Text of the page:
Walmart Pledges to Go Cage-Free by 2025

Move to improve company’s food supply chain while still maintaining affordable prices


Transition is dependent upon available supply, affordability, and customer demand.

Walmart U.S. and Sam’s Club U.S. have officially announced their goal to transition to a 100 percent cage-free egg supply chain by 2025, representing the company’s commitment “to continuously improving the company’s food supply chain while maintaining the affordable prices that customers expect,” according to a release.

“Our customers and associates count on Walmart and Sam’s Club to deliver on affordability and quality, while at the same time offering transparency into how their food is grown and raised,” said Kathleen McLaughlin, chief sustainability officer at Walmart. “Our commitment to transition to a cage-free egg supply chain recognizes that expectation and represents another step we are taking to improve transparency for food we sell in our U.S. stores and clubs.”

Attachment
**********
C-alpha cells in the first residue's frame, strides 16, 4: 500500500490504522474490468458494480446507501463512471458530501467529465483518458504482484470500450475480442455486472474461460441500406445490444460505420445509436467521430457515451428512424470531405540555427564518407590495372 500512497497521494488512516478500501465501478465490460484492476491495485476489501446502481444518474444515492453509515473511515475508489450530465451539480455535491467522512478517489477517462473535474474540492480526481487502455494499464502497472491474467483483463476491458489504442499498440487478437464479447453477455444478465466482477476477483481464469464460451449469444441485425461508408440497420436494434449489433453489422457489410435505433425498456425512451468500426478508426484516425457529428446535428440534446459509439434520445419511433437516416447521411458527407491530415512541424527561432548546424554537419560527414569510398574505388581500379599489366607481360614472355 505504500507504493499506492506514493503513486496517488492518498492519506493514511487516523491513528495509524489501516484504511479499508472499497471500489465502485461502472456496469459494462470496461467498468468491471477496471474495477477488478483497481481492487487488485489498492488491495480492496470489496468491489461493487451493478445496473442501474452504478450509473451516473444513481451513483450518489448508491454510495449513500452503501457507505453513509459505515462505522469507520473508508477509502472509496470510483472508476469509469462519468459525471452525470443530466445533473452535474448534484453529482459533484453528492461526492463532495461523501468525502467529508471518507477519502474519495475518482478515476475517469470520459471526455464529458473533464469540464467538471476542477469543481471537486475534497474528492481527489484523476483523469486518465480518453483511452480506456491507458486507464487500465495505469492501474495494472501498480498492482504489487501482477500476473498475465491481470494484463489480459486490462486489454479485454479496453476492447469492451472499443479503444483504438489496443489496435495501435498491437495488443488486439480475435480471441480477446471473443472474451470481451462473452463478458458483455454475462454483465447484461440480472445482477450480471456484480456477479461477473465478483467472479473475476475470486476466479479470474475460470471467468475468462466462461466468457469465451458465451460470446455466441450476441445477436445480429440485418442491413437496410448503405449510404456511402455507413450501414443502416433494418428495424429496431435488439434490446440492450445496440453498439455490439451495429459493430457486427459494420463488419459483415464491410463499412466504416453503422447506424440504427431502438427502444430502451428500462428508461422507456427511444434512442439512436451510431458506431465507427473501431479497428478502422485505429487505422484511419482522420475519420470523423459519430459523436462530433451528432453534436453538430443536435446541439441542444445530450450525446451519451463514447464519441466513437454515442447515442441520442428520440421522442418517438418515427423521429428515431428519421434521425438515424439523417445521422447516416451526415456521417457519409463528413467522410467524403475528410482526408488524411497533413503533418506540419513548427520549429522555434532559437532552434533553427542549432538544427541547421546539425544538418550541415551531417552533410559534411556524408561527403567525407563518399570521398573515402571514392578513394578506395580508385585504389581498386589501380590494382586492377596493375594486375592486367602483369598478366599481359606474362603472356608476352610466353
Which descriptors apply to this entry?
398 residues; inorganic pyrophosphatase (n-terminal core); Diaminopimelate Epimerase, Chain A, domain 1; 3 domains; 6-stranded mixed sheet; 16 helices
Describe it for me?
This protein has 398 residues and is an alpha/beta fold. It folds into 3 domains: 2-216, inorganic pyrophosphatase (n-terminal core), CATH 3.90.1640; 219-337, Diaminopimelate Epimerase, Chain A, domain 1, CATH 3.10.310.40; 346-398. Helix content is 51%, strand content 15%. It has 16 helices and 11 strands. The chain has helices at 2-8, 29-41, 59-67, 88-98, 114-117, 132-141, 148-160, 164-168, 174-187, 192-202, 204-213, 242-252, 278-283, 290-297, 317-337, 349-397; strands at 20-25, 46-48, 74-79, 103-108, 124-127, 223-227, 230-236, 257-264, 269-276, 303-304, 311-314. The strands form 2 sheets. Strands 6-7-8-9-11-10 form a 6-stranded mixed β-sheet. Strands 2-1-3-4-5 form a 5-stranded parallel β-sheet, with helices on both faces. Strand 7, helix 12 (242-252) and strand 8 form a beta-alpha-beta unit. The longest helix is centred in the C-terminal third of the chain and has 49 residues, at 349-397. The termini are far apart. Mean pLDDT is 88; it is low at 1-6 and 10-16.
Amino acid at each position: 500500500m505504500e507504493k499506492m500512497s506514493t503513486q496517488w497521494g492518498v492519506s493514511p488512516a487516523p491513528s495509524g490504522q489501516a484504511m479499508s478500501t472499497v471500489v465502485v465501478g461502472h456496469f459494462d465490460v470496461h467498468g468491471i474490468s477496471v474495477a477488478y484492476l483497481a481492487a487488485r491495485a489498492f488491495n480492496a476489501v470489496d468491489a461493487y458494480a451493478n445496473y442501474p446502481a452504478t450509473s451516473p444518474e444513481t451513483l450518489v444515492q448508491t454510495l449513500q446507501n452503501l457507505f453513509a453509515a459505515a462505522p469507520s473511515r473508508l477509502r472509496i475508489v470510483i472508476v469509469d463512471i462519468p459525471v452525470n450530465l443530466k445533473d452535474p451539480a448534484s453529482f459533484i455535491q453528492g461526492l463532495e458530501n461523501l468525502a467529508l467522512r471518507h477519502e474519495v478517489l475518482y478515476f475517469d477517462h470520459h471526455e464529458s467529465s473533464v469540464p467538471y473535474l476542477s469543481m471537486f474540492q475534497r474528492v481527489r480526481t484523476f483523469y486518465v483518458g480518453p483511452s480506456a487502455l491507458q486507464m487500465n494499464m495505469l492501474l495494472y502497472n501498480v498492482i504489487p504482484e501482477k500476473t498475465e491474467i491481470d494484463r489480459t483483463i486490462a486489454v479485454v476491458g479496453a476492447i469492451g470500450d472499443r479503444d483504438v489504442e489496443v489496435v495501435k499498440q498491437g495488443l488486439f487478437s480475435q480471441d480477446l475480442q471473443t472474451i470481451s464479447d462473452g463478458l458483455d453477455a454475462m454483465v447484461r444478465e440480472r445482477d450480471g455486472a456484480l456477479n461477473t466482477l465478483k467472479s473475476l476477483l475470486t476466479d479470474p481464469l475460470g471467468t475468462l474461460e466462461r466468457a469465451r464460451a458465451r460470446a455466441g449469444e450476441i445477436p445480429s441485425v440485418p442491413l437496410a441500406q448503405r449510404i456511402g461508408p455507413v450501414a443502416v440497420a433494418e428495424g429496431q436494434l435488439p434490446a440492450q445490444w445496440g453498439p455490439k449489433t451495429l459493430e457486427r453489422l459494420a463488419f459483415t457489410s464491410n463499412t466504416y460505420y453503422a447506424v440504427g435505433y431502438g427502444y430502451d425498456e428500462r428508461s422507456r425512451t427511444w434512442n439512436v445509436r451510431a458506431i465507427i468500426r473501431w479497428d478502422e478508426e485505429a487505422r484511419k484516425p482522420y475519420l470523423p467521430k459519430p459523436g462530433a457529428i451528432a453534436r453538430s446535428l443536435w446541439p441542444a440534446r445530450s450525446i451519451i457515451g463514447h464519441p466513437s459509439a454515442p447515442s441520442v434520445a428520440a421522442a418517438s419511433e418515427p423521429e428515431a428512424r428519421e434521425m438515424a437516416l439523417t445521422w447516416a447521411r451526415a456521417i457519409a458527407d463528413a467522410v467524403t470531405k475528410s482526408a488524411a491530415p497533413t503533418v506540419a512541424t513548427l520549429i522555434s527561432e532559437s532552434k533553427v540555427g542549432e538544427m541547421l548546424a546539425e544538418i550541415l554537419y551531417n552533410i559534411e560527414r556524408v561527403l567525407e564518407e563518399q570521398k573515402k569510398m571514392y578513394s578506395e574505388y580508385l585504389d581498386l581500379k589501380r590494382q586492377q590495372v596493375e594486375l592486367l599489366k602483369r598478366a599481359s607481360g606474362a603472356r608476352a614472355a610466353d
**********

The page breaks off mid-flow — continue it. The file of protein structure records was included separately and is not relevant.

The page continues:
The commitment to cage-free brings Walmart closer to its goal of achieving the ‘Five Freedoms’ of animal welfare for its supply chain. These freedoms are freedom from hunger and thirst; freedom from discomfort; freedom from pain, injury or disease; freedom to express normal behavior; and freedom from fear and distress.

Walmart’s cage-free goal is based on available supply, affordability, and customer demand. It requires 100 percent of shell egg suppliers be certified and fully compliant with United Egg Producers (UEP) Animal Husbandry Guidelines. Walmart will monitor compliance via a third party on an annual basis.


Walmart joins a multitude of companies that have already pledged to go cage-free, including Costco, Trader Joe’s, Chick-fil-A, Denny’s, Kroger, and Taco Bell.